We strive to enable participants to interact and take new ideas back with them to work out in their own environments or in future partnerships and collaborations.

    Final results aim at recommendations for pertinent EU and Member State policy, including for the new 2021-2028 EU Framework Programme.

Friday, May 18

Tuesday, March 27

  • Secretary General Digital Enlightenment Forum
    11:31am

    See below on the change of date. We will soon announce a new date

    Multiple studies performed during 2017 and monitored by the Digital Enlightenment Forum show clearly that the rapid transformations taking place in the new digital ecosystem have a strong and measurable collateral effect on the job market demand and the difficulty of existing educational systems to supply it with suitably skilled human resources. See for more details attachment below.

    Earlier Digital Enlightenment debates have recommended an approach be developed to  combine flexible and hybrid learning mini- courses, self-regulated learning, mentoring and coaching, all aimed at clearly measurable acquisition of skills that are readily recognizable by potential employers.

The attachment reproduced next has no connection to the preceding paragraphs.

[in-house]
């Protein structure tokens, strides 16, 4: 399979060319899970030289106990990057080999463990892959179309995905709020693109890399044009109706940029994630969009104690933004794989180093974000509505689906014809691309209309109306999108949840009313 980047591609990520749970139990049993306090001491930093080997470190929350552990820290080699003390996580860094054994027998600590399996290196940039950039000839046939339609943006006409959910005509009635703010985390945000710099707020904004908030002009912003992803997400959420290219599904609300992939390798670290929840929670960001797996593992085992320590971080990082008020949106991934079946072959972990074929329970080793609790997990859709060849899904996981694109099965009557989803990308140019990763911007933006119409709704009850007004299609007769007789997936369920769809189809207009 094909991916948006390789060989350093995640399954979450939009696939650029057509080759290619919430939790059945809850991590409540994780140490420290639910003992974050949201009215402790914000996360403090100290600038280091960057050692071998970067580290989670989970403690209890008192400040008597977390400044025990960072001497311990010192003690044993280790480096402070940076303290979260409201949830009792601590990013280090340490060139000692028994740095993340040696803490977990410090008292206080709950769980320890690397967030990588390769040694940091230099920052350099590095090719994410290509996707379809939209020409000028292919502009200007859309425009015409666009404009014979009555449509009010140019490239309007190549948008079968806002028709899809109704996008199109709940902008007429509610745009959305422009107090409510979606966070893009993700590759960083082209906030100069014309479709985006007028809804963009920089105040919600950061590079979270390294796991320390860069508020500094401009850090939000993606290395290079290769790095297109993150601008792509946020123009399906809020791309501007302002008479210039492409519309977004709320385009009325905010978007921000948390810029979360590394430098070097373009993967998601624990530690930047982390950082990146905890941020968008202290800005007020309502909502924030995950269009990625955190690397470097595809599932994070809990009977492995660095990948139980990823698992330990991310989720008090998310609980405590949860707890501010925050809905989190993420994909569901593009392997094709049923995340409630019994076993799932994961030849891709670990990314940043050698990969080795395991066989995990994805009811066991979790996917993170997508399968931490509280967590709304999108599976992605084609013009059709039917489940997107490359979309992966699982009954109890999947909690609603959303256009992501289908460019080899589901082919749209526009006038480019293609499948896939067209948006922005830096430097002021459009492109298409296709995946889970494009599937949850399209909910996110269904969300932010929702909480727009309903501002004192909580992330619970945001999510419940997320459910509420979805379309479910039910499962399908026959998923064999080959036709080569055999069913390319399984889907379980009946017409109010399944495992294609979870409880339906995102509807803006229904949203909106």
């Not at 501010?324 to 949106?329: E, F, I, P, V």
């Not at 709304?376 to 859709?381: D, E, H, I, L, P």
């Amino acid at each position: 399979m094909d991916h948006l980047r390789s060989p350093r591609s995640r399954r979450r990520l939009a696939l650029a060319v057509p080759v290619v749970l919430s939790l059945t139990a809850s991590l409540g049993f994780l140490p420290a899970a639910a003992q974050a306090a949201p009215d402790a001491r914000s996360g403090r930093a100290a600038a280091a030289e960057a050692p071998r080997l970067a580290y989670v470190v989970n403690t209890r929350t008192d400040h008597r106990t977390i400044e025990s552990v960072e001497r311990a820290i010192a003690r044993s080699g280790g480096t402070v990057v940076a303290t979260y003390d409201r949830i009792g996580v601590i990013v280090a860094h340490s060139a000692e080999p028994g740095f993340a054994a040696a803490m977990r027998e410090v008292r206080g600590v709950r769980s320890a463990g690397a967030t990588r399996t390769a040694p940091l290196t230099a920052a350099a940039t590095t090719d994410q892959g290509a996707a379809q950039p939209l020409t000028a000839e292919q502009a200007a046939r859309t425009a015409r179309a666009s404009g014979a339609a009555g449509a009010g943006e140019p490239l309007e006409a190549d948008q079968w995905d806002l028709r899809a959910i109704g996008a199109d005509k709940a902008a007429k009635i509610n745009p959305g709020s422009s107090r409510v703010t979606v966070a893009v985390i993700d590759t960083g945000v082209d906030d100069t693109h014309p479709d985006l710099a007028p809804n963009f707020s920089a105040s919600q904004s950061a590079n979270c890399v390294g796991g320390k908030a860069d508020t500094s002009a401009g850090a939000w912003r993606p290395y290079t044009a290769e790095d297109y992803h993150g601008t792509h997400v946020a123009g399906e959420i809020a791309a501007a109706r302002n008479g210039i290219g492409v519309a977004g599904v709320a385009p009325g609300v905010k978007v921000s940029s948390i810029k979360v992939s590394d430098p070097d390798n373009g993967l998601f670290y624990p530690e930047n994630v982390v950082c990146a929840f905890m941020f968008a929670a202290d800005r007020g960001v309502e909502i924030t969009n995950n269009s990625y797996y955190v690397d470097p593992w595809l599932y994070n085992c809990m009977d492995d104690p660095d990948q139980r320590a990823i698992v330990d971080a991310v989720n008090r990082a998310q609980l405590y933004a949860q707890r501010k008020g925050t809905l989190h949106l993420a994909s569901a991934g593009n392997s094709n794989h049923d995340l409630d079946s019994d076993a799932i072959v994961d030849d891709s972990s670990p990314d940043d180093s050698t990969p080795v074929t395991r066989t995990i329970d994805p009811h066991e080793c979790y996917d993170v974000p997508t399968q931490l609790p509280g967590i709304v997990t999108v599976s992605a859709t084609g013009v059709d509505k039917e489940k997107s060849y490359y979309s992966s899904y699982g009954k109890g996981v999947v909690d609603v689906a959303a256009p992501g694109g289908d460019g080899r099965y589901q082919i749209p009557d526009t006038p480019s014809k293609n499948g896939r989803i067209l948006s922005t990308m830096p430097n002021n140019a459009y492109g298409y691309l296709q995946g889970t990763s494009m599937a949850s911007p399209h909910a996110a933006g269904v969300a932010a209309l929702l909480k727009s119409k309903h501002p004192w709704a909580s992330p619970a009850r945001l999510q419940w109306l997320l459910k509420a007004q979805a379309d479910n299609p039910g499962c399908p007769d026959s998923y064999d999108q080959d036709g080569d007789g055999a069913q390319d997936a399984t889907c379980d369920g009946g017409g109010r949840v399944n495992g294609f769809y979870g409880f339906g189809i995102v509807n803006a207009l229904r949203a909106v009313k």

A palette of new-generation e-learning tools, existing or to be developed, will need to be effectively integrated into such approach.

    We believe that it is now timely to take up the challenge and bring together knowledgeable people who can collectively and via the trademark DigEnlight interaction shed as much light as possible on how fast and vast this education vs employment disruption is and provide insights as well as concrete recommendations.

     To this end Digital Enlightenment Forum will contribute by organising a one-day workshop on May, 31 2018 in Brussels under the title: “Skills for Jobs in the Digital Era”.

    We expect participants to be actively engaged in addressing the challenge of education and skills provision for the new employment ecosystem. They will come from policy, educational institutions and industry and be ready and open for multi-disciplinary debate.

    Existing and/or under development e-learning and “up-training” tools will be showcased.

    The workshop aims at producing recommendations for pertinent EU policy, including for the new 2021-2028 Research Framework Programme. It also strives to enable participants to interact and take new ideas back with them to work out in their own environments or in future partnerships and collaborations.

     The draft programme is:

                Opening Policy Keynote

      Followed by three panel discussions:

      1. New Jobs, New Skills: Status and Prospects
      2. Up- and re-skilling – Innovative Approaches
      3. New Generation e-Learning Tools for Career Development – Trials and Showcases

    More details can be found in the documents given below.

    For free registration use the right hand column form or send an email to info@digitalenlightenment.org...

Friday, March 9

Saturday, November 25 2017